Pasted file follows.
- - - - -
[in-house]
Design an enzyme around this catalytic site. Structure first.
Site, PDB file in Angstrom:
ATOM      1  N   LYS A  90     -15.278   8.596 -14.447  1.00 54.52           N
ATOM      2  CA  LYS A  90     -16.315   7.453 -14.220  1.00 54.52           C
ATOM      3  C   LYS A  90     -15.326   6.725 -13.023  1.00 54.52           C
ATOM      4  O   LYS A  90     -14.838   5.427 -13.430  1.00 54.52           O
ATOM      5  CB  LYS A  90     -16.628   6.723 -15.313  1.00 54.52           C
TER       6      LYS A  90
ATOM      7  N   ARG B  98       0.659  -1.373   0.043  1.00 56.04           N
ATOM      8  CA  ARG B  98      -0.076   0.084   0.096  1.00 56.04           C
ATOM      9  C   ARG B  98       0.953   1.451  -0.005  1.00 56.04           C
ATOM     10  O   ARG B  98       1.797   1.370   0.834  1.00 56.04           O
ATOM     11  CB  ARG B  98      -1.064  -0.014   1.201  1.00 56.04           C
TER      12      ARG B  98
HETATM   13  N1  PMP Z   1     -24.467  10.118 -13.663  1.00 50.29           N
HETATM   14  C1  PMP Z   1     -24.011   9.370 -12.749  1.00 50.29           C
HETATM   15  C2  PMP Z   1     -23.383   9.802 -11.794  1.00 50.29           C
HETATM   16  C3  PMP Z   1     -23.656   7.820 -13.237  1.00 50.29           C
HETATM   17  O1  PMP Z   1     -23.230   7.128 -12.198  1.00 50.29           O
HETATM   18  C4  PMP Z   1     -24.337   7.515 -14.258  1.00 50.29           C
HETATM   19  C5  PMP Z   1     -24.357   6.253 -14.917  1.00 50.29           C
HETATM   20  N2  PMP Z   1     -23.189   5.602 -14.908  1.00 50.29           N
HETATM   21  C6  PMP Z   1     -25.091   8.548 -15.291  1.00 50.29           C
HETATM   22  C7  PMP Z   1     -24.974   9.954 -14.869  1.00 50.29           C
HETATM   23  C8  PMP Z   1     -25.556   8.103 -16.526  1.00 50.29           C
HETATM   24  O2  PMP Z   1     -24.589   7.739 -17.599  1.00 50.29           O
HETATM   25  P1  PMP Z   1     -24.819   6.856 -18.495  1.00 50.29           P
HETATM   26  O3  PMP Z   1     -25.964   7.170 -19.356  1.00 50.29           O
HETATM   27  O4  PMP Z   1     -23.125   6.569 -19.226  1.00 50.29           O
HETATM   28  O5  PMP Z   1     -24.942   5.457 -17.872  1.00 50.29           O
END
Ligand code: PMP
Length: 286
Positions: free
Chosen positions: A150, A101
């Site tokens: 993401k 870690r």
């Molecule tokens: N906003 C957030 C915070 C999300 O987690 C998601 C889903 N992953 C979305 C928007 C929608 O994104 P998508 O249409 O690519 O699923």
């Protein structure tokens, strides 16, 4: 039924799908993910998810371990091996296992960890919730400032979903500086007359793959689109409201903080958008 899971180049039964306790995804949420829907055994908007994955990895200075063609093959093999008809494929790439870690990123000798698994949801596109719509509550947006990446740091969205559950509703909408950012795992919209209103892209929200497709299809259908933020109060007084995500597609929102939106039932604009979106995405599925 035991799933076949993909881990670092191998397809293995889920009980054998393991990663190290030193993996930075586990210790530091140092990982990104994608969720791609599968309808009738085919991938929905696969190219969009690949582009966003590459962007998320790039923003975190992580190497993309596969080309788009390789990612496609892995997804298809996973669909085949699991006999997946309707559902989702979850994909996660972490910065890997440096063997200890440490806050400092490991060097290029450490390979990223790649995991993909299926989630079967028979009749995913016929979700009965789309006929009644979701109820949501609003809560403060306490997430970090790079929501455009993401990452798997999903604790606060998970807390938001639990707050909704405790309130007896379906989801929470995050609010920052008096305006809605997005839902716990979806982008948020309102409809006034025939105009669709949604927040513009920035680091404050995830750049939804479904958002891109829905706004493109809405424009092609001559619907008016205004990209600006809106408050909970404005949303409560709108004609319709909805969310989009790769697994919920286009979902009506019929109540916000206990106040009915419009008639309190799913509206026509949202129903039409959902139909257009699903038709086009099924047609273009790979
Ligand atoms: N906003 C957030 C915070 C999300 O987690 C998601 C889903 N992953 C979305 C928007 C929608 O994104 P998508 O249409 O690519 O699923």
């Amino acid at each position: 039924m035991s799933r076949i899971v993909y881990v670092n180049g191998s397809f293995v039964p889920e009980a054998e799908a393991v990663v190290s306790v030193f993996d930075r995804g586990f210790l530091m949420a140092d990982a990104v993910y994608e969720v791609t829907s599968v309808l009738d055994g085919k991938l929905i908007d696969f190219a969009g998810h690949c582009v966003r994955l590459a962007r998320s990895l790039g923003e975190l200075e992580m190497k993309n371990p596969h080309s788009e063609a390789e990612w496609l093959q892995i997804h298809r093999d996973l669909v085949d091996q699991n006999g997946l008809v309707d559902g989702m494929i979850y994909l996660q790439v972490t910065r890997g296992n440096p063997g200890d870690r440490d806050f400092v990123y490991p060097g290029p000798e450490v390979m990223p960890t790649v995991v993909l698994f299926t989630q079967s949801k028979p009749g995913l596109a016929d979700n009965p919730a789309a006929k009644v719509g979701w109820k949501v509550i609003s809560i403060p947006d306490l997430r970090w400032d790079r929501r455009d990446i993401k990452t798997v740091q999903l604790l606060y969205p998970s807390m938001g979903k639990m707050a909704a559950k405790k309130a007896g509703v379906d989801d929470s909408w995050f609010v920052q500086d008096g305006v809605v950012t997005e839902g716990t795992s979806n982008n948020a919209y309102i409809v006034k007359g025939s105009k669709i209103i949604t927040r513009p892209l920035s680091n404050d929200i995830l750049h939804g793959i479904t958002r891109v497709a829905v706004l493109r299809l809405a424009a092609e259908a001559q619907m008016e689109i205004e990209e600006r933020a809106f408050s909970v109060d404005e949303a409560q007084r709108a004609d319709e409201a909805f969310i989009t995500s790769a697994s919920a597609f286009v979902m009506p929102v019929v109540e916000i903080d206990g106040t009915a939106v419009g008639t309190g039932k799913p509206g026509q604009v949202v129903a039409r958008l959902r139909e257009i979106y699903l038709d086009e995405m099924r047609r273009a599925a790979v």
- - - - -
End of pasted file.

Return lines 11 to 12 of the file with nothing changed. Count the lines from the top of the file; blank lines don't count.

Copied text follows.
ATOM      8  CA  ARG B  98      -0.076   0.084   0.096  1.00 56.04           C
ATOM      9  C   ARG B  98       0.953   1.451  -0.005  1.00 56.04           C